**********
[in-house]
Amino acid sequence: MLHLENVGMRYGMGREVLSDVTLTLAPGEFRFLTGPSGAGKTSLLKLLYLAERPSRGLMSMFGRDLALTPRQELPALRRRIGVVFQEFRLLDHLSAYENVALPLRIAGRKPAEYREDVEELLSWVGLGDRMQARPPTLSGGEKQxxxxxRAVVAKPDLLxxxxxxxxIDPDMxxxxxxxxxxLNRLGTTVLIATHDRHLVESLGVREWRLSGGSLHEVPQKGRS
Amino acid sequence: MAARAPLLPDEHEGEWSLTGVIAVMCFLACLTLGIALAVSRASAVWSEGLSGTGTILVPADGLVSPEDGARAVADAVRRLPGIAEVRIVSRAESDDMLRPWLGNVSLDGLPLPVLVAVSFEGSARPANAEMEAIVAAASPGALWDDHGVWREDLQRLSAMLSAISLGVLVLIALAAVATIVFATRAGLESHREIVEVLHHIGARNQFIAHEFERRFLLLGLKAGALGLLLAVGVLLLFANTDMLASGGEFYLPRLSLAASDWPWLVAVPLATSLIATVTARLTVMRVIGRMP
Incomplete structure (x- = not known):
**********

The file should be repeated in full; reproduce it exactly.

[in-house]
Amino acid sequence: MLHLENVGMRYGMGREVLSDVTLTLAPGEFRFLTGPSGAGKTSLLKLLYLAERPSRGLMSMFGRDLALTPRQELPALRRRIGVVFQEFRLLDHLSAYENVALPLRIAGRKPAEYREDVEELLSWVGLGDRMQARPPTLSGGEKQxxxxxRAVVAKPDLLxxxxxxxxIDPDMxxxxxxxxxxLNRLGTTVLIATHDRHLVESLGVREWRLSGGSLHEVPQKGRS
Amino acid sequence: MAARAPLLPDEHEGEWSLTGVIAVMCFLACLTLGIALAVSRASAVWSEGLSGTGTILVPADGLVSPEDGARAVADAVRRLPGIAEVRIVSRAESDDMLRPWLGNVSLDGLPLPVLVAVSFEGSARPANAEMEAIVAAASPGALWDDHGVWREDLQRLSAMLSAISLGVLVLIALAAVATIVFATRAGLESHREIVEVLHHIGARNQFIAHEFERRFLLLGLKAGALGLLLAVGVLLLFANTDMLASGGEFYLPRLSLAASDWPWLVAVPLATSLIATVTARLTVMRVIGRMP
Incomplete structure (x- = not known):